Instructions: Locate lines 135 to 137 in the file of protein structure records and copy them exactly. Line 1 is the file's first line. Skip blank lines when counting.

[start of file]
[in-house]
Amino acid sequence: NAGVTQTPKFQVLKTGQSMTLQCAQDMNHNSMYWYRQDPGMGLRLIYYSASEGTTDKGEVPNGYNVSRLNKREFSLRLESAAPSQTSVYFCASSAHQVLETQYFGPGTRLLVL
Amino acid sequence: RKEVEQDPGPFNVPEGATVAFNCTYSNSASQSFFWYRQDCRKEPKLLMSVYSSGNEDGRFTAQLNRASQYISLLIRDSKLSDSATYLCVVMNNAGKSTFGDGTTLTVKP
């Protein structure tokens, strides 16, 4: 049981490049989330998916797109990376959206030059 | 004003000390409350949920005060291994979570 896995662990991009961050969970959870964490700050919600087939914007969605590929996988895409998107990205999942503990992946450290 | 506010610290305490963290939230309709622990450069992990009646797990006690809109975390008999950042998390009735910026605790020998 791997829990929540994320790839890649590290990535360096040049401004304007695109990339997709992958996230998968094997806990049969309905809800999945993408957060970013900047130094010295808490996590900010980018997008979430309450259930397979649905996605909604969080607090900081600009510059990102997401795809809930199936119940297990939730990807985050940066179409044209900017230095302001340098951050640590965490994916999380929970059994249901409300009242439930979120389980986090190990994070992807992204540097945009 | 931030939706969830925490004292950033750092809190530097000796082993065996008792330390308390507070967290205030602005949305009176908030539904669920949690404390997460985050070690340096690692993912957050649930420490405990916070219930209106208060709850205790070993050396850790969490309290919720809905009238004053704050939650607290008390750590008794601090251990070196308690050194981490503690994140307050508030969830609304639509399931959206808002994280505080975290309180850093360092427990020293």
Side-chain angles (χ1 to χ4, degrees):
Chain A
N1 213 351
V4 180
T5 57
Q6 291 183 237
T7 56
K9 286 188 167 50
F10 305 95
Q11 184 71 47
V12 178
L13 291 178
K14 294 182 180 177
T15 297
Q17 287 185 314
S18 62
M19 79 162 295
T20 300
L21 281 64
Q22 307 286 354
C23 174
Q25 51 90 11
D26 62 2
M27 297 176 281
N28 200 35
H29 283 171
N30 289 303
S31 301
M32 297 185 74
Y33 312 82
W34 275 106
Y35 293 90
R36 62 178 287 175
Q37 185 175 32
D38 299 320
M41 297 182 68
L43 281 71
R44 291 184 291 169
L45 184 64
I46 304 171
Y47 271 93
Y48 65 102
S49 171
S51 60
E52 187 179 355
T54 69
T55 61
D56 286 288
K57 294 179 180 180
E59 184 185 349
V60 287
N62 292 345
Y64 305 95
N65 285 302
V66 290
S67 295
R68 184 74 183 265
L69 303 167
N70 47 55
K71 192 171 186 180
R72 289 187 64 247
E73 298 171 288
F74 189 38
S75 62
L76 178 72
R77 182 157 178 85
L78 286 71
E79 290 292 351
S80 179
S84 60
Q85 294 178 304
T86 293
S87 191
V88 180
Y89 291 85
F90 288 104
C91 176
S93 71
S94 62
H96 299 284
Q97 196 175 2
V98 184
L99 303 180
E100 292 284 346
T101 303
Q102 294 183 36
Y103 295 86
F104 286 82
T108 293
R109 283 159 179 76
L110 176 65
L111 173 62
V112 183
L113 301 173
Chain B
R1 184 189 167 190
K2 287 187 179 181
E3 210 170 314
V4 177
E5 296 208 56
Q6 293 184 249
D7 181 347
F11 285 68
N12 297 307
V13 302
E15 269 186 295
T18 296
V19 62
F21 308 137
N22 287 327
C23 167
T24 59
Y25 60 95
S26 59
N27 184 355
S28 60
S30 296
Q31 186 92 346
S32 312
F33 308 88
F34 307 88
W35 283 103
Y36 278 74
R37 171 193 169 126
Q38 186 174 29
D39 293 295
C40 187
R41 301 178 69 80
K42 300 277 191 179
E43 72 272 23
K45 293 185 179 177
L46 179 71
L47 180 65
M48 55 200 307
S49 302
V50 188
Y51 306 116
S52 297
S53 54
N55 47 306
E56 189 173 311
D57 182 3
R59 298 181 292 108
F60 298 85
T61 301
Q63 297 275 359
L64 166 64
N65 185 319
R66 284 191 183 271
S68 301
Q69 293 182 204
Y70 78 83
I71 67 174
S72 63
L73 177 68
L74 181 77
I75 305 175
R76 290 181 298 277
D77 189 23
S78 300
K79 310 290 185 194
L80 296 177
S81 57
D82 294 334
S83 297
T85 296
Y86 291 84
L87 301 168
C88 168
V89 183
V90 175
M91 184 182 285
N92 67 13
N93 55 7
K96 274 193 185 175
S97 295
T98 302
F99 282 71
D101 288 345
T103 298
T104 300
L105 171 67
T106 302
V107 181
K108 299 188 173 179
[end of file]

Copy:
K45 293 185 179 177
L46 179 71
L47 180 65